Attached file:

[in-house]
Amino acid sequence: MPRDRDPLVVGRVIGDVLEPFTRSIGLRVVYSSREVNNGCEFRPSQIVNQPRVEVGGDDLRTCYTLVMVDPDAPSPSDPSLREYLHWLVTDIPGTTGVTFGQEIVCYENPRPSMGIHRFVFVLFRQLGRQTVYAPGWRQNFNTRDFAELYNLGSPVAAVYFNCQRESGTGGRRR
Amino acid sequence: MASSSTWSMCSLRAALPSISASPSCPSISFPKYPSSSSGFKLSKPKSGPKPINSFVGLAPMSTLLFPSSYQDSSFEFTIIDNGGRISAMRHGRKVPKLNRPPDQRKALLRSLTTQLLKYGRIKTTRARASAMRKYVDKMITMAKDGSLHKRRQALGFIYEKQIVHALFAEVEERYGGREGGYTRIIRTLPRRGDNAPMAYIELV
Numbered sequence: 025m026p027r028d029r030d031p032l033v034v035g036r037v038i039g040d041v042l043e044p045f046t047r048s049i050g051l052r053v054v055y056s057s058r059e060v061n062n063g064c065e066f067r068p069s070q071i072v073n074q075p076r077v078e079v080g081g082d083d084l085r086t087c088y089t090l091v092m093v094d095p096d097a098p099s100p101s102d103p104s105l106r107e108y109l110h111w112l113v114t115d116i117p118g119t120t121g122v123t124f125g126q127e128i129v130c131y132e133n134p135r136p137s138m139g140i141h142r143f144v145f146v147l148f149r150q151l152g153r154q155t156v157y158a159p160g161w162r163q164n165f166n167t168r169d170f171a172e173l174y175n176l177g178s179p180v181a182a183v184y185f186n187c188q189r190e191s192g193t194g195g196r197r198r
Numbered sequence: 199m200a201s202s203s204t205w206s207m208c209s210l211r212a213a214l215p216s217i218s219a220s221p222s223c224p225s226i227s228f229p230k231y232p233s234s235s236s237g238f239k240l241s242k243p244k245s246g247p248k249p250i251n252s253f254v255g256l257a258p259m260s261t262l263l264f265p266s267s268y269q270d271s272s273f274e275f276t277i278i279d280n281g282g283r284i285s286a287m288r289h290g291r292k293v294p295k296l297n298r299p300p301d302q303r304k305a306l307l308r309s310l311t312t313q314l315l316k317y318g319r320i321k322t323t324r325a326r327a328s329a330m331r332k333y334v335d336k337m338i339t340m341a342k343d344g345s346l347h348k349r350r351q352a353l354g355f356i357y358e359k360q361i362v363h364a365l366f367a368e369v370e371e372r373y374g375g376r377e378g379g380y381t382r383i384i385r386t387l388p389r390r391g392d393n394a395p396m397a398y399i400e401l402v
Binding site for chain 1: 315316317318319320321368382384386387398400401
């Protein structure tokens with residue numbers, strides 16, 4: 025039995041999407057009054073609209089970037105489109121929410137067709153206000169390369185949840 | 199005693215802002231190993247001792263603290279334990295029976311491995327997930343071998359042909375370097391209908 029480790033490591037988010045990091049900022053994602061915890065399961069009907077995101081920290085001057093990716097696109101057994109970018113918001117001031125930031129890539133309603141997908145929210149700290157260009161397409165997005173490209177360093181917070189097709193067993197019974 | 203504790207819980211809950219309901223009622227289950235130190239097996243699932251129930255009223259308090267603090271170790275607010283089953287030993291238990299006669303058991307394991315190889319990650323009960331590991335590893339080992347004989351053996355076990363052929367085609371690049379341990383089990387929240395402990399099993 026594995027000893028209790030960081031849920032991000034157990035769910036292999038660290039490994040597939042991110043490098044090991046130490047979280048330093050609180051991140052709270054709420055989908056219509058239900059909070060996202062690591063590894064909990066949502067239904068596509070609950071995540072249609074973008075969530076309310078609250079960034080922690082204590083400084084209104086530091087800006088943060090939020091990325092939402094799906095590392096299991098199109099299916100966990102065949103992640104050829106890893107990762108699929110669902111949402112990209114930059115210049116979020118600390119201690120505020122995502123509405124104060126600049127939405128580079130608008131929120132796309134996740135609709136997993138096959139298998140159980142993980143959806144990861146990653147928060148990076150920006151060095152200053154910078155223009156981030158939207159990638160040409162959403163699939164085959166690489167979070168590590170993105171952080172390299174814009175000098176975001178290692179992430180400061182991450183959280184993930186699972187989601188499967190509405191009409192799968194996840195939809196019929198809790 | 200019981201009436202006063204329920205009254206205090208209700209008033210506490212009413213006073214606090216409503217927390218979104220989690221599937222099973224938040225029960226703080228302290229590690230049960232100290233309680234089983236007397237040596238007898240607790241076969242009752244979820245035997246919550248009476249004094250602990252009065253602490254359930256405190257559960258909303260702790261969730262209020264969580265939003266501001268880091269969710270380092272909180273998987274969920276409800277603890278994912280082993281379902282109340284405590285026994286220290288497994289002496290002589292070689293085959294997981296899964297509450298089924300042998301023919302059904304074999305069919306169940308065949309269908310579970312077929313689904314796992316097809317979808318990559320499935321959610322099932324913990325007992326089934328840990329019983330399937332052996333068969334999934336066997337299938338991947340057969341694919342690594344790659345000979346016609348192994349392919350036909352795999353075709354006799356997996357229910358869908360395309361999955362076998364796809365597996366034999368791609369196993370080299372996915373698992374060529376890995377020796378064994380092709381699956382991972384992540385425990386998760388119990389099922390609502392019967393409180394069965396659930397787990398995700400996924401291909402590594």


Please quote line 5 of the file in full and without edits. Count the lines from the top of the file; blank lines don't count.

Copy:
Numbered sequence: 199m200a201s202s203s204t205w206s207m208c209s210l211r212a213a214l215p216s217i218s219a220s221p222s223c224p225s226i227s228f229p230k231y232p233s234s235s236s237g238f239k240l241s242k243p244k245s246g247p248k249p250i251n252s253f254v255g256l257a258p259m260s261t262l263l264f265p266s267s268y269q270d271s272s273f274e275f276t277i278i279d280n281g282g283r284i285s286a287m288r289h290g291r292k293v294p295k296l297n298r299p300p301d302q303r304k305a306l307l308r309s310l311t312t313q314l315l316k317y318g319r320i321k322t323t324r325a326r327a328s329a330m331r332k333y334v335d336k337m338i339t340m341a342k343d344g345s346l347h348k349r350r351q352a353l354g355f356i357y358e359k360q361i362v363h364a365l366f367a368e369v370e371e372r373y374g375g376r377e378g379g380y381t382r383i384i385r386t387l388p389r390r391g392d393n394a395p396m397a398y399i400e401l402v